• Glenn Moncrieff

Machine Learning vs Statistics : Culture clash?

Traditional statistics has been around for hundreds of years, and practitioners have been plugging away at trying to develop algorithms that help us to extract meaning from data for just as long. Much of their work went unnoticed by the general public until recently, as their theorems and models seldom presented practical solutions to problems that involve the messy data we often encountered in the wild. But recently developments in computer hardware and software has made the field of statistics touch almost every aspect of our modern lives. 

This new wave of activity has been the engine fueling the data science revolution currently underway. Algorithms such as gradient boosted trees and neural networks have cast a long shadow over the ANOVA’s (analysis of variance) or logistic regressions that served statisticians so well for many decades. Is it time to consign these antiquated methods to the rubbish heap? Do they have any relevance in the modern era of big data, artificial intelligence and cloud computing? Statisticians Brian Ripley and Andrew Gelman had this to say:

'Machine learning is statistics minus any checking of models and assumptions'. - Brian D. Ripley

‘In that case, maybe we should get rid of checking of models and assumptions more often. Then maybe we'd be able to solve some of the problems that the machine learning people can solve but we can't!’  - Andrew Gelman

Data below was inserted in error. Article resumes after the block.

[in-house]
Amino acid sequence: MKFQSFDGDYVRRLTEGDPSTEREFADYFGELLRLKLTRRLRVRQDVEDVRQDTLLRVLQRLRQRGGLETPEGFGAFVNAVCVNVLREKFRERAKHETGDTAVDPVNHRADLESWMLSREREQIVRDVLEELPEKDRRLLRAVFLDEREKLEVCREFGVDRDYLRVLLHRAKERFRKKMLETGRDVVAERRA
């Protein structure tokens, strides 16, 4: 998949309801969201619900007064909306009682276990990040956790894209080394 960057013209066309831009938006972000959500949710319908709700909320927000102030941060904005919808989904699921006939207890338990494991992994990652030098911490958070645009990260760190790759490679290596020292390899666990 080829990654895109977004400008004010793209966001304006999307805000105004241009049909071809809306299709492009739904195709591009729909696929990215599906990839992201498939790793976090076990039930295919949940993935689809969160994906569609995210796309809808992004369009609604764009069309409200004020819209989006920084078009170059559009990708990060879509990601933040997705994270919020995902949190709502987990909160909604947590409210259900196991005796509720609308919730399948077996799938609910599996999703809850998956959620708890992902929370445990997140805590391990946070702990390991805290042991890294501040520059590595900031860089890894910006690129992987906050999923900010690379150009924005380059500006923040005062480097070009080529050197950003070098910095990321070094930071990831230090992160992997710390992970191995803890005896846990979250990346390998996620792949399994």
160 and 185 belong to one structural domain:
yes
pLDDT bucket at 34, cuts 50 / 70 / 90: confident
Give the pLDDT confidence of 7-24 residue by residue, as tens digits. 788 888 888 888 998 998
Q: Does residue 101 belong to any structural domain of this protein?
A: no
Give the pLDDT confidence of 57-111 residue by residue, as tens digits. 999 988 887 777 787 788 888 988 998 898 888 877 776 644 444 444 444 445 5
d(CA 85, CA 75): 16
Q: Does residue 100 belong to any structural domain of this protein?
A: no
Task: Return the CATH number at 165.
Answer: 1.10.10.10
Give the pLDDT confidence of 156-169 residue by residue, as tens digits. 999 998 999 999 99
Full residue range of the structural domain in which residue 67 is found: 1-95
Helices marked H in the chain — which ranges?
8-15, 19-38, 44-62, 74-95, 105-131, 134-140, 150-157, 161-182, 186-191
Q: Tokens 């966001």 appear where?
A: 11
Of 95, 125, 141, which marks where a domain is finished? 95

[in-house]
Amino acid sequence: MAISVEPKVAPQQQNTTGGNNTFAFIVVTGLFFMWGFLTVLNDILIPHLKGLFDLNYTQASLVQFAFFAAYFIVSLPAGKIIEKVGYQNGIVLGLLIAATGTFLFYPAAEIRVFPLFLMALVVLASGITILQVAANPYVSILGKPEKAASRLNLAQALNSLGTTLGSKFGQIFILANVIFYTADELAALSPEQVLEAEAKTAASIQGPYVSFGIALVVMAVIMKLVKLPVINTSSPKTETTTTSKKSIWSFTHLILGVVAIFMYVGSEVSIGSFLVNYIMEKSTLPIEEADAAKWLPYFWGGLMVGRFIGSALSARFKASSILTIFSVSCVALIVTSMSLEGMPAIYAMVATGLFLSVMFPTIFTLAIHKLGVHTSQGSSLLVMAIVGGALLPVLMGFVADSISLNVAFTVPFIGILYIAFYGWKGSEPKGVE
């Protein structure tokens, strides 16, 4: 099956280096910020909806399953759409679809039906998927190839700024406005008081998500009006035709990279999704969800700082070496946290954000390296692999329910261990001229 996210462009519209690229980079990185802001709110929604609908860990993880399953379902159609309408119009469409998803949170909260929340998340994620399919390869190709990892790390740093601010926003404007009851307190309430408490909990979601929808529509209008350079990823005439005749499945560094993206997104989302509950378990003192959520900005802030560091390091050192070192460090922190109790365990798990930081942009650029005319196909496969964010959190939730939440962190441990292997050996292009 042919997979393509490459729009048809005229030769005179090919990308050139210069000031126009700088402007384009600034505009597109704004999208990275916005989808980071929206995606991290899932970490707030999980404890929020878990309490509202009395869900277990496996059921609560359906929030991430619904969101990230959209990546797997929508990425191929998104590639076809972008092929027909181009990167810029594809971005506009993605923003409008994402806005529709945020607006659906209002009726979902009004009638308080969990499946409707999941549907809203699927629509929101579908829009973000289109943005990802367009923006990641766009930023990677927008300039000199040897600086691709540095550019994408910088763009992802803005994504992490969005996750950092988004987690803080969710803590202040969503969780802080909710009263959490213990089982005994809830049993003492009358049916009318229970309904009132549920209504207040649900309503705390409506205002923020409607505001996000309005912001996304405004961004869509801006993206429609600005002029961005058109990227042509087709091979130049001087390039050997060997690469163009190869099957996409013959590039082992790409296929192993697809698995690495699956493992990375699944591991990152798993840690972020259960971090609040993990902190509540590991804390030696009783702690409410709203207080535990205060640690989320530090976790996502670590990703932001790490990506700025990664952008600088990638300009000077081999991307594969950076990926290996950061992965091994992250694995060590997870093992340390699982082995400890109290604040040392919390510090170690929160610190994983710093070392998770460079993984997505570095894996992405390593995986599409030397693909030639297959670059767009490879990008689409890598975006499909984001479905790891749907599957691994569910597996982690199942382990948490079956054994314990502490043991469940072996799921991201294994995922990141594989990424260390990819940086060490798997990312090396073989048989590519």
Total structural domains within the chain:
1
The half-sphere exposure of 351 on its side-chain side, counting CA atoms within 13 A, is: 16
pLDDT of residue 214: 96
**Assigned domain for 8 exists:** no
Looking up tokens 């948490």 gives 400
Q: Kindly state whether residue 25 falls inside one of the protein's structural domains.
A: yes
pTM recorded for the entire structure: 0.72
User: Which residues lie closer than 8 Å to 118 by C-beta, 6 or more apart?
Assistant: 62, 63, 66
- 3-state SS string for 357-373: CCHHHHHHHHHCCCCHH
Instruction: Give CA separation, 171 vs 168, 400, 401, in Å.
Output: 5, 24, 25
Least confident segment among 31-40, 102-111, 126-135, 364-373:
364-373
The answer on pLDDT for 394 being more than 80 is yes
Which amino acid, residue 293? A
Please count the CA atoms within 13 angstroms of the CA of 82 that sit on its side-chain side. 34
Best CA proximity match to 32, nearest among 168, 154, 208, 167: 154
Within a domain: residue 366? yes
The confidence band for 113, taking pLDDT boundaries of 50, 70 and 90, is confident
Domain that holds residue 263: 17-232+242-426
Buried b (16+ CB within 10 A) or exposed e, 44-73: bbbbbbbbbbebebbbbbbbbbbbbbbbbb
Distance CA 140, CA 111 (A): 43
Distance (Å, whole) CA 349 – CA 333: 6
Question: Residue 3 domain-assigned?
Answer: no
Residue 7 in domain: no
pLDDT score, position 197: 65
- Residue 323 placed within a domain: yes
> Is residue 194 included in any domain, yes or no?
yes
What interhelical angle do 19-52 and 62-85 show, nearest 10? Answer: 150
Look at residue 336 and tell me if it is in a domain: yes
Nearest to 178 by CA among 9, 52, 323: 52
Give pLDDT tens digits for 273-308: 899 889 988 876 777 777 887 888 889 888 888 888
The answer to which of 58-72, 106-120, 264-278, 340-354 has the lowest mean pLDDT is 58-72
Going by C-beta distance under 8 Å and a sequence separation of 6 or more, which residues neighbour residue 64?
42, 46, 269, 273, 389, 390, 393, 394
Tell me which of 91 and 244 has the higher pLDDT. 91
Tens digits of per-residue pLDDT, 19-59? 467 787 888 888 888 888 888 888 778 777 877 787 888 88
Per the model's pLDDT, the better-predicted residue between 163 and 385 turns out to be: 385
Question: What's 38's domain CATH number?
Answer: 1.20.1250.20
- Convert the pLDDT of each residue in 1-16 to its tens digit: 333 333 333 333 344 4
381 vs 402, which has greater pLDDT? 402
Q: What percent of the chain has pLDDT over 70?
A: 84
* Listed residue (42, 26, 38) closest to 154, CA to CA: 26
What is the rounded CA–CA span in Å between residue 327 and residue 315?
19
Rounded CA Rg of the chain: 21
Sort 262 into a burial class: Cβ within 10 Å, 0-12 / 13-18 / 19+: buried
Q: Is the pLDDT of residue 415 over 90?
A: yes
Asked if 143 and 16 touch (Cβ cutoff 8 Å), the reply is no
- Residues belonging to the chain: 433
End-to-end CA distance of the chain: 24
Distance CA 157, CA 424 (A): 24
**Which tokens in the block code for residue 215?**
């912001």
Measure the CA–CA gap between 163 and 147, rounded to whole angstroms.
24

I would argue that these traditional statistical methods still have a very important role to play, a role somewhat different from the role of modern machine learning algorithms. While doing research as a scientist, most of my analytical work involved the use of traditional regression techniques such as ANOVA or multiple regression. Now, working as a data scientist, I rely mostly on gradients boosted trees and neural networks to make predictions. Different techniques are used because these two different realms are fundamentally interested in different outcomes. As a scientist my principal interest is inference – or the relationship between predictors and outcomes. As a data scientist, I am mostly interested in prediction – for example, my clients want to know who is going to purchase their product and who isn’t.

Sometimes we get carried away trying to produce the most accurate predictions using machine learning methods without stopping to think about how the outcomes we are modelling are affected by potential influencing factors. Often the methods we choose to make our predictions with don’t even allow us to explore the relationship between these factors and the predictions. On the other hand, as statisticians, we can be so concerned that the assumptions required to infer causality between input and outputs are met, that we forget to check that our outputs are indeed making predictions that are useful and can be implemented in practice. 

Inference and Prediction should not be regarded as mutually exclusive tasks when building models. It’s time to pause and view machine learning and statistics as two sides of the same coin. 

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